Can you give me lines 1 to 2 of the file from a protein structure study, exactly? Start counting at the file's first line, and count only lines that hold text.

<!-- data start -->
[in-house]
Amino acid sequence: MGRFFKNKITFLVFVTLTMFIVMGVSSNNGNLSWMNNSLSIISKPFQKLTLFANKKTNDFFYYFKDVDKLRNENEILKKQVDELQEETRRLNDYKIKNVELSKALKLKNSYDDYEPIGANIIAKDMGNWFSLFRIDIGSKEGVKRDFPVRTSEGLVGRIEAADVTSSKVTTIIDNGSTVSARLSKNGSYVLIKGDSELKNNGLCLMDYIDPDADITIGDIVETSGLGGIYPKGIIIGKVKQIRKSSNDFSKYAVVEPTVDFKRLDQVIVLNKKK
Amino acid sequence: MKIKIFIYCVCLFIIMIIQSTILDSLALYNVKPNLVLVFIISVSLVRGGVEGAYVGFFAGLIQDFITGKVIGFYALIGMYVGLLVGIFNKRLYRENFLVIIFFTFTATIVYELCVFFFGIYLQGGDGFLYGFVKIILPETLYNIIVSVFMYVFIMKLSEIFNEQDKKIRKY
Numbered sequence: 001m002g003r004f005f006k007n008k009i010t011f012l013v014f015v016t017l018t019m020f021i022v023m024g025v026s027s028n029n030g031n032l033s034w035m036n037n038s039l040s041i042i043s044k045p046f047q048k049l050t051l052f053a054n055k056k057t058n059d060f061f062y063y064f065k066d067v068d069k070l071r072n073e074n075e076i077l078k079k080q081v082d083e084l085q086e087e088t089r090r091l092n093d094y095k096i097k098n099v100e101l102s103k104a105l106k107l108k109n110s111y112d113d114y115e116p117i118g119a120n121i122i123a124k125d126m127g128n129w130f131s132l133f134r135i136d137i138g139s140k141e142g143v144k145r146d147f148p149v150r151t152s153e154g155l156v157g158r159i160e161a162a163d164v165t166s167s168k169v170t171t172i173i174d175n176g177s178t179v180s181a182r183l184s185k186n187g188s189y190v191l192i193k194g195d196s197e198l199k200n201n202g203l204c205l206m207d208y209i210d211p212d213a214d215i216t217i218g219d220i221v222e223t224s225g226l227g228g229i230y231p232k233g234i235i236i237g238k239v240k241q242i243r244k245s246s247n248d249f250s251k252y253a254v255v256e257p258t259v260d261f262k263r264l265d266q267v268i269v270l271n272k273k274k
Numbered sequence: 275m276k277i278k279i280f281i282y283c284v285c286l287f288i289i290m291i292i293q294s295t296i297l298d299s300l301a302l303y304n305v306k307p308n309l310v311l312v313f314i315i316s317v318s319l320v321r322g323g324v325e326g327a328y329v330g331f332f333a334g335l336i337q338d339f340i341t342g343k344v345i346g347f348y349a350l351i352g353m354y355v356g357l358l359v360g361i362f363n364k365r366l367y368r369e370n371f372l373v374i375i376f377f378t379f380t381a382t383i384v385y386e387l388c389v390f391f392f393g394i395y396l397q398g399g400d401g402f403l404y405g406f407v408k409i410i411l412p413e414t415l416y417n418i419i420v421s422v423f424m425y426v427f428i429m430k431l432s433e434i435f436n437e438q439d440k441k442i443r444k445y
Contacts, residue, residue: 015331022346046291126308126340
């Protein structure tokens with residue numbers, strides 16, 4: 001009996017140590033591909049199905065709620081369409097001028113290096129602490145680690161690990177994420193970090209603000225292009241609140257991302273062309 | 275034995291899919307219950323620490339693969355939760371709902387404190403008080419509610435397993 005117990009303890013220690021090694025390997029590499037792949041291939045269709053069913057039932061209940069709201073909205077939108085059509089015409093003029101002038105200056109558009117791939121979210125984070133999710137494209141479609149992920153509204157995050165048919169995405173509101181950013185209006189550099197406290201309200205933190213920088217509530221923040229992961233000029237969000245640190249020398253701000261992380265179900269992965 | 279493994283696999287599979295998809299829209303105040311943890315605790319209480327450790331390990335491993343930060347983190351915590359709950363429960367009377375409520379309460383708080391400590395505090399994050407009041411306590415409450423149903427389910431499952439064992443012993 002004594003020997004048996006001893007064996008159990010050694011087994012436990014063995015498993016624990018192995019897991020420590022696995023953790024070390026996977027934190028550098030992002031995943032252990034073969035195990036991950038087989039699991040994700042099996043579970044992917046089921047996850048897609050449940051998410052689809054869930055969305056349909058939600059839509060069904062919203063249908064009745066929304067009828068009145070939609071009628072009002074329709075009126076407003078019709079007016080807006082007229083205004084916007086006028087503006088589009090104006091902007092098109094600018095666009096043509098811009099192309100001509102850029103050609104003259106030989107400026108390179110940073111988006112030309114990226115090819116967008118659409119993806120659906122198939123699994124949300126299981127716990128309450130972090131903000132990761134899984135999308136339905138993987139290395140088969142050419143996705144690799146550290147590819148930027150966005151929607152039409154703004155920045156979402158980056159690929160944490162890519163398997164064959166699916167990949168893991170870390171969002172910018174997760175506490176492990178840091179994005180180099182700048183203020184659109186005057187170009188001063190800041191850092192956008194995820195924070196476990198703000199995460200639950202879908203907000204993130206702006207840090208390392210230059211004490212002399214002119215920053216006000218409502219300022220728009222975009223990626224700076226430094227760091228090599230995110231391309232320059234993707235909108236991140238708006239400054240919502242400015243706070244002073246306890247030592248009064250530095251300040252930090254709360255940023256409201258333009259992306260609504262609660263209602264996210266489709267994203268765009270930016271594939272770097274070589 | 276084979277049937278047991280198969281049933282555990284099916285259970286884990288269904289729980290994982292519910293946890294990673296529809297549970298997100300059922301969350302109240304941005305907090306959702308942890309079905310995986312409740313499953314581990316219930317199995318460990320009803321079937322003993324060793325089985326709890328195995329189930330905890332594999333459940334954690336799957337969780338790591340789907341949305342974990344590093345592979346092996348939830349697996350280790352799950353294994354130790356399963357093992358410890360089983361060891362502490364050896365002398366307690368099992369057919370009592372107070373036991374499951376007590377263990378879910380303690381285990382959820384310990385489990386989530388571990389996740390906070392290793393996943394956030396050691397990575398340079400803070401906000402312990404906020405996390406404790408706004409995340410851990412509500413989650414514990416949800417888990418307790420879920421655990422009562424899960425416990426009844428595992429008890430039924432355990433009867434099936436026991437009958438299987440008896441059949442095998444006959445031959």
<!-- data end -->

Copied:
[in-house]
Amino acid sequence: MGRFFKNKITFLVFVTLTMFIVMGVSSNNGNLSWMNNSLSIISKPFQKLTLFANKKTNDFFYYFKDVDKLRNENEILKKQVDELQEETRRLNDYKIKNVELSKALKLKNSYDDYEPIGANIIAKDMGNWFSLFRIDIGSKEGVKRDFPVRTSEGLVGRIEAADVTSSKVTTIIDNGSTVSARLSKNGSYVLIKGDSELKNNGLCLMDYIDPDADITIGDIVETSGLGGIYPKGIIIGKVKQIRKSSNDFSKYAVVEPTVDFKRLDQVIVLNKKK